Last week, Greens Senator Christine Milne put two pages of SIEVX related questions to the Justice Minister, Senator Ellison. Some of these questions are following up on questions asked by previous Senators; others are opening up new lines of inquiry.
This is the fifth year that questions have been put to the government in connection with SIEVX.
Last June, two of the Labor Senators who sat on the CMI Committee that first investigated SIEVX left the Senate (Collins & Cook). Any hope that the government had that SIEVX would subsequently slip completely off the political agenda has been dashed by the new Greens senator from Tasmania stepping into the breach.
It is apparent that SIEVX is a high priority for Senator Milne.
This isn't the first set of questions that she has asked about the issue. In December she also put questions to Ellison, Truss & Hill concerning earlier voyages by Abu Quassey that showed his history of placing asylum seekers' lives at risk. She also put questions to the Australian Federal Police (AFP) in Senate Estimates in November.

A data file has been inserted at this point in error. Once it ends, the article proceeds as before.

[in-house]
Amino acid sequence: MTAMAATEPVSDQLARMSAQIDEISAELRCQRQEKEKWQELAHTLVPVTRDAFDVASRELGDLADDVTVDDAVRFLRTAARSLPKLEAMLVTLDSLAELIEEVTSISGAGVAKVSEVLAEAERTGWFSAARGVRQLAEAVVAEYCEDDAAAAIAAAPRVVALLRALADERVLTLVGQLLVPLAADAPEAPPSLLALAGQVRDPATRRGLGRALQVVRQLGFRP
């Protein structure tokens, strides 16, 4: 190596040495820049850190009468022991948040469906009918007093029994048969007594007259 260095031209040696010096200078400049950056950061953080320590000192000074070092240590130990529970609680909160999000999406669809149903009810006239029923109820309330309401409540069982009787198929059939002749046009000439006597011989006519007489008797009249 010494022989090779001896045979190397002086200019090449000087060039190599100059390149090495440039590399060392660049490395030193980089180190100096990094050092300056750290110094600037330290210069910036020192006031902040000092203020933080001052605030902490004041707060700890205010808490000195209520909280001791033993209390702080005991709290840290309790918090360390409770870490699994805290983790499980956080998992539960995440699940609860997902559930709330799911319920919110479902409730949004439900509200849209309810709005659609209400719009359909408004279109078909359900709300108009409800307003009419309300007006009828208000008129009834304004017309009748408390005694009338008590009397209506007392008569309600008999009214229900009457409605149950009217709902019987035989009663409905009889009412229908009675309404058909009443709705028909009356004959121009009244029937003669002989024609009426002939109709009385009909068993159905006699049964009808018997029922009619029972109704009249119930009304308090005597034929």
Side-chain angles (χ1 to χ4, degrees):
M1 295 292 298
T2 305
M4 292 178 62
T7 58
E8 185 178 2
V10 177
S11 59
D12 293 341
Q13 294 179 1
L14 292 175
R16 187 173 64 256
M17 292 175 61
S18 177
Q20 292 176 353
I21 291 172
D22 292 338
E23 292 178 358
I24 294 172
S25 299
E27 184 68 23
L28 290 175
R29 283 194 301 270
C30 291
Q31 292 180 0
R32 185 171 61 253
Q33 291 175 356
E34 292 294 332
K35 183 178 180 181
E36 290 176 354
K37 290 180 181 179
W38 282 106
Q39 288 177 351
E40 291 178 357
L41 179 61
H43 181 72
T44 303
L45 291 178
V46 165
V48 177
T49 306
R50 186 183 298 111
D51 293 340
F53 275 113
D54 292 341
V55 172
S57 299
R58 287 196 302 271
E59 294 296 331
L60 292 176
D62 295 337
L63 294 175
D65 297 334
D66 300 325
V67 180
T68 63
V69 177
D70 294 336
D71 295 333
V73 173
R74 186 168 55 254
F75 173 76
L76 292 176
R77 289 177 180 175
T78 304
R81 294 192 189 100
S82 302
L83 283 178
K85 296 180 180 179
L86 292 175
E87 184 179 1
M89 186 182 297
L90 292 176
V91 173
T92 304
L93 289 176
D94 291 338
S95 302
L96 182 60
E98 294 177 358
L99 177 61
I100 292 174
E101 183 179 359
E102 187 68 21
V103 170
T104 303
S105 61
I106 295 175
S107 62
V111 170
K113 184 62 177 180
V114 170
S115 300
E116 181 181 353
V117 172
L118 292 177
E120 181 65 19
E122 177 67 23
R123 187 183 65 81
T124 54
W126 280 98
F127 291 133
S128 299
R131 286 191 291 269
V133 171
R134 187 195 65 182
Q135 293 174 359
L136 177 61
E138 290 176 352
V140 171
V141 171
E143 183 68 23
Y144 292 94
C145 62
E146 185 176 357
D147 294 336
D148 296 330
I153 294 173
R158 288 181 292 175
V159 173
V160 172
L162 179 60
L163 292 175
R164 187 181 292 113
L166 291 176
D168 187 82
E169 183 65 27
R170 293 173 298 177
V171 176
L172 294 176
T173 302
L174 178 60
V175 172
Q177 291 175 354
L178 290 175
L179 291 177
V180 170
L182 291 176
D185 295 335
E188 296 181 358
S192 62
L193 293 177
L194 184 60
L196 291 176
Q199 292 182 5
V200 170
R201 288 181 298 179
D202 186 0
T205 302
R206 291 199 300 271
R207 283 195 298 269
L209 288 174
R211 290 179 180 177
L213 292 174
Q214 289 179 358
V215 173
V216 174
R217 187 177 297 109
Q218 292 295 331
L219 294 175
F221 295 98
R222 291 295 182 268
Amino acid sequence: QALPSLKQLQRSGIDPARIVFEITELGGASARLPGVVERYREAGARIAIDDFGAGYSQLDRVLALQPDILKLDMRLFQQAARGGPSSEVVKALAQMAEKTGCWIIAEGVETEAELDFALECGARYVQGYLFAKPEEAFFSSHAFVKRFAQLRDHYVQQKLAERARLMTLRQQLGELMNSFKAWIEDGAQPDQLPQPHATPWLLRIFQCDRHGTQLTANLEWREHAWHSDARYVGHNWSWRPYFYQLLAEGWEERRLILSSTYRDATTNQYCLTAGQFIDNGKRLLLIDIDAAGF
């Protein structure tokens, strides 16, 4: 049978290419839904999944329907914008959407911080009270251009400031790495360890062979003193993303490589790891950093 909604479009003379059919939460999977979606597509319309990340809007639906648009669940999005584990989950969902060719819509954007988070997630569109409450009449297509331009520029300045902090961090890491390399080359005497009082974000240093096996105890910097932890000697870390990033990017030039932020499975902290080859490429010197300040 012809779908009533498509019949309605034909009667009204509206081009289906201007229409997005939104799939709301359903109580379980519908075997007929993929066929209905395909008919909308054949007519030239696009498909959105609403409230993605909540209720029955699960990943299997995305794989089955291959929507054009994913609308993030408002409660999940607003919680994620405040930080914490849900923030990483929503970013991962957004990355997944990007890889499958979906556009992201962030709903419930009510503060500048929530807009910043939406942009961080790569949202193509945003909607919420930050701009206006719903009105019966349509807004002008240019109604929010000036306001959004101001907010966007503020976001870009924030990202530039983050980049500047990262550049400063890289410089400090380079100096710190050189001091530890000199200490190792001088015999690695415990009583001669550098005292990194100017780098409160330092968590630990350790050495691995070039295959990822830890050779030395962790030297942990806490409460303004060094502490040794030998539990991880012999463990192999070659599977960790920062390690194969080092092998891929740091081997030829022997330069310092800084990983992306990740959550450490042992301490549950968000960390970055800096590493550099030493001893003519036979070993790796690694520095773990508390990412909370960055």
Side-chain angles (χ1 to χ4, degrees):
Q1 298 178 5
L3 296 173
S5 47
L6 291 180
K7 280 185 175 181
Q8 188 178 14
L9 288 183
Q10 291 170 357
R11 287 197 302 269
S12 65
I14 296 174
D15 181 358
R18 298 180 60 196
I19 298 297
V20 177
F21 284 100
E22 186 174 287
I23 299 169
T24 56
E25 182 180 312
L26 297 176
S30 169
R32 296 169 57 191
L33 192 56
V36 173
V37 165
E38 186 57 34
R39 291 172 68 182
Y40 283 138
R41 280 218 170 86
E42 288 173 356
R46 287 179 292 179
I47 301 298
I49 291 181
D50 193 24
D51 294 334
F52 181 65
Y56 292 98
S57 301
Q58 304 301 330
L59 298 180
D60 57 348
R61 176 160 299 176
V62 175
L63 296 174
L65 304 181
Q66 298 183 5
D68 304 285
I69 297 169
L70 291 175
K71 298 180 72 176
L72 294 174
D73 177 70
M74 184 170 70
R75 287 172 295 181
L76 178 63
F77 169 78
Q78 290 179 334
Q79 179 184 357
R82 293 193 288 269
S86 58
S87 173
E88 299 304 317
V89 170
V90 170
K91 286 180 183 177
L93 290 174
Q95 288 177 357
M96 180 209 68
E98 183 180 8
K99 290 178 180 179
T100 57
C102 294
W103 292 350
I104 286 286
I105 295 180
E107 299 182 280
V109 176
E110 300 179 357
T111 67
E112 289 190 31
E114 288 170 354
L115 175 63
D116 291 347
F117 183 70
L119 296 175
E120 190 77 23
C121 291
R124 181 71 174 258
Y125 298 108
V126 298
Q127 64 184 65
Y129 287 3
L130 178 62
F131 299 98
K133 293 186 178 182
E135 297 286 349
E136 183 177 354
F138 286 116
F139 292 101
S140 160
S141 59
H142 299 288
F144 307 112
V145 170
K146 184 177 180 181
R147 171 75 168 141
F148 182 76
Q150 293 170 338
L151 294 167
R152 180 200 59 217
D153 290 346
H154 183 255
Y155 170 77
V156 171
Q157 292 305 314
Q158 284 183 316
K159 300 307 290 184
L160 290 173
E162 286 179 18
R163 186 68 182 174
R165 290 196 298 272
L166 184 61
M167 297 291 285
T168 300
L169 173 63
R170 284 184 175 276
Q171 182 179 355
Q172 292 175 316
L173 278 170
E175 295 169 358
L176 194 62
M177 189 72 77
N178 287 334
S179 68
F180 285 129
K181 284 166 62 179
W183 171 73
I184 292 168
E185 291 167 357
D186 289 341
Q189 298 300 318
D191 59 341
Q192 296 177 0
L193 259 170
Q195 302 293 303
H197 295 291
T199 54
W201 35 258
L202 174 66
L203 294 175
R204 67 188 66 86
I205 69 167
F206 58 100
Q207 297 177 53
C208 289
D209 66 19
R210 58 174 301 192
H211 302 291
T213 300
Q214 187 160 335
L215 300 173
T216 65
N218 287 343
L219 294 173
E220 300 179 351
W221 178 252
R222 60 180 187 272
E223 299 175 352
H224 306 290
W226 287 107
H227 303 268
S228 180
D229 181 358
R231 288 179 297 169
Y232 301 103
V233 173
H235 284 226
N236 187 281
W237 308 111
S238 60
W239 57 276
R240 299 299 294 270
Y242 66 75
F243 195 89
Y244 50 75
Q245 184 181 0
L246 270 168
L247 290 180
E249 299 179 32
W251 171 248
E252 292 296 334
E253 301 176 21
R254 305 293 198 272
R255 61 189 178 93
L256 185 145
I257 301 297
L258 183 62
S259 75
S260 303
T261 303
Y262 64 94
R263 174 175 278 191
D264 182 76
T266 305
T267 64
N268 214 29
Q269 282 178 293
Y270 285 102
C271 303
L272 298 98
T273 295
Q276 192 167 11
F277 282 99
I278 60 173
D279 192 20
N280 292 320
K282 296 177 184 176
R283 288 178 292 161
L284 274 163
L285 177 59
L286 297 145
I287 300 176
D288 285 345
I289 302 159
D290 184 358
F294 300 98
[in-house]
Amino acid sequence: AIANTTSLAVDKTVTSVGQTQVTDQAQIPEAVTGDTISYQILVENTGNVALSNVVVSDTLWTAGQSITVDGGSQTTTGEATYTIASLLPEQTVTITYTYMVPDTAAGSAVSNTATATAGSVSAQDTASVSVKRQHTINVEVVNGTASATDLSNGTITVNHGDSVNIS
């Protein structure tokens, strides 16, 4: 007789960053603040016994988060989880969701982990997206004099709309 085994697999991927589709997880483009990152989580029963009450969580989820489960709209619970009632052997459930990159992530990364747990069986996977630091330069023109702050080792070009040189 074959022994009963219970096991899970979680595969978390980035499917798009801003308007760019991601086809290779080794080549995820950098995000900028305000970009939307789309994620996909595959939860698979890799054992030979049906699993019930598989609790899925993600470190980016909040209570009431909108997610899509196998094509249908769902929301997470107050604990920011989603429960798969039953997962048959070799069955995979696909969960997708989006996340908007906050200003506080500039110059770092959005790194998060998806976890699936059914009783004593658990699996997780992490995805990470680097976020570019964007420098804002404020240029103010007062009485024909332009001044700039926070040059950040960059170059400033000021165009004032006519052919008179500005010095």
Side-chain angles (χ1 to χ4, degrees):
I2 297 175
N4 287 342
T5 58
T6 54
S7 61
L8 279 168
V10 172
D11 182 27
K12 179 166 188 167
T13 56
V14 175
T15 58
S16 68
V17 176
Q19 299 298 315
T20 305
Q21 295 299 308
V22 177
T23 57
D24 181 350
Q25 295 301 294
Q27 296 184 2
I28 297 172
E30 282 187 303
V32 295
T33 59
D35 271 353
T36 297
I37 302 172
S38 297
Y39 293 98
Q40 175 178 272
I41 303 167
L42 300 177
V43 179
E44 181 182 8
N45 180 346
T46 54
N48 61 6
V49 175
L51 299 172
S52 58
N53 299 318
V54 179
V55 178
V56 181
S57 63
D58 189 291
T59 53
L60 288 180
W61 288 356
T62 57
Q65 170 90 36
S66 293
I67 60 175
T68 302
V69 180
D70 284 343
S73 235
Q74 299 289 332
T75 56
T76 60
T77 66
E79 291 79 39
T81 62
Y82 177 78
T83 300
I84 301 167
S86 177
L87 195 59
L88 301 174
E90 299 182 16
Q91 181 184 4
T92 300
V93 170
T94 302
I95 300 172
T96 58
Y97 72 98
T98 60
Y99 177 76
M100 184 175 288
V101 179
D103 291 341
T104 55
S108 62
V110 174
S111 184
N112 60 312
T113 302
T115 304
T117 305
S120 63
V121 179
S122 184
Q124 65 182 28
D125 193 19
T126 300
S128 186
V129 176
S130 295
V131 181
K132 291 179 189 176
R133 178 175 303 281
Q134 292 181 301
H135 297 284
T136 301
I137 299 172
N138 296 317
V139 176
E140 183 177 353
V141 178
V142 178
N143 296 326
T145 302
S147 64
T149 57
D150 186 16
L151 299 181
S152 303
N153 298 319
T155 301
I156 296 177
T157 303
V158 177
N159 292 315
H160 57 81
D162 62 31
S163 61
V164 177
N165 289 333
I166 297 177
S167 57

Some of the latest set of questions are nearly four years old. Over the years since the sinking of SIEVX many questions have been asked by Senators but the Government continues to obfuscate, ignoring questions for a year at a time, eventually providing partial or misleading responses. What is it concealing?
For example, if there is nothing to hide about Australia's covert people smuggling disruption program operating in Indonesia then why has there been a deafening silence from the AFP since 2003 when it finally agreed to seek permission of the Indonesian police to release details of the AFP/INP protocol? [see QoN 133]
The only hope of finding answers to this and other key questions lies with Senators continuing to pursue the government.
The Senate has passed three resolutions calling for a judicial inquiry into the people smuggling disruption program and the circumstances surrounding the sinking of SIEVX [1, 2, 3]. There is a stench pervading these issues. The air will not clear until there is a full powers independent judicial inquiry.
1. Six months later, in December 2005, the former Chair of the CMI Committee, Peter Cook died in Perth after a long battle with cancer.